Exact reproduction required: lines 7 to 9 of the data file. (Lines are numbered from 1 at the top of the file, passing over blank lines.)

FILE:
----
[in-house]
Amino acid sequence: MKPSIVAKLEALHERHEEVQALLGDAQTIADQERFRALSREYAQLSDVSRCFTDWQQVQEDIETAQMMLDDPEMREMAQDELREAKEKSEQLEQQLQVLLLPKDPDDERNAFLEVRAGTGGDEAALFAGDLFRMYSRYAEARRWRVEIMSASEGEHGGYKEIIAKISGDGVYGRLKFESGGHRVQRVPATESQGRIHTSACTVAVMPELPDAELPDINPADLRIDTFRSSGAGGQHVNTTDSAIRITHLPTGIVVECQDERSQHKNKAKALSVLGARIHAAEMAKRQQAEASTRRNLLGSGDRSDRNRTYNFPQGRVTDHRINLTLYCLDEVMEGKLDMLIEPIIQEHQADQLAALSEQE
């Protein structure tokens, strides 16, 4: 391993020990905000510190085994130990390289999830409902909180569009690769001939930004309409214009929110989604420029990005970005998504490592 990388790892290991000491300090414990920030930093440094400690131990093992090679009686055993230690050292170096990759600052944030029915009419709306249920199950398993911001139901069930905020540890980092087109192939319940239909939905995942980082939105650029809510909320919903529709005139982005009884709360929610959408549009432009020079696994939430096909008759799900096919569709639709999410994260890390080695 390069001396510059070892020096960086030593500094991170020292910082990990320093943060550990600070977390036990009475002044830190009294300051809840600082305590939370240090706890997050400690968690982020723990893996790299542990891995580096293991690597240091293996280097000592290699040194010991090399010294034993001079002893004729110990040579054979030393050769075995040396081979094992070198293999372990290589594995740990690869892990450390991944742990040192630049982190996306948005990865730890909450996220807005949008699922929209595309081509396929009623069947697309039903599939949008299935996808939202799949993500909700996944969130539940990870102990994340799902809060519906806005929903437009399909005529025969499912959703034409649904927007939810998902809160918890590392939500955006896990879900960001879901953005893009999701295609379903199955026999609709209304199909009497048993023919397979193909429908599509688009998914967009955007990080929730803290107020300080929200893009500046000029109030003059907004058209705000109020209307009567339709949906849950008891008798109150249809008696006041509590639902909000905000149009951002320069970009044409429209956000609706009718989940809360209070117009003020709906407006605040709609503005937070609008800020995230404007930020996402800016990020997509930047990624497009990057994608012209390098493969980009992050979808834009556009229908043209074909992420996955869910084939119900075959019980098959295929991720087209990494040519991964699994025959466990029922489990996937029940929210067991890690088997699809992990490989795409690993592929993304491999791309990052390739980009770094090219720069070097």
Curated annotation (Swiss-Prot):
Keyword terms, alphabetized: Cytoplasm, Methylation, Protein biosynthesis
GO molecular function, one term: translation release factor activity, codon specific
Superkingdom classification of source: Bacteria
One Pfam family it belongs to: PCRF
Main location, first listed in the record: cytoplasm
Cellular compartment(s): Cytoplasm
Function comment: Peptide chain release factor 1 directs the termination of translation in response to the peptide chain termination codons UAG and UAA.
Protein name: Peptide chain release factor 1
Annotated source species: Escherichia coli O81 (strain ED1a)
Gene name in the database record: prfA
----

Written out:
Superkingdom classification of source: Bacteria
One Pfam family it belongs to: PCRF
Main location, first listed in the record: cytoplasm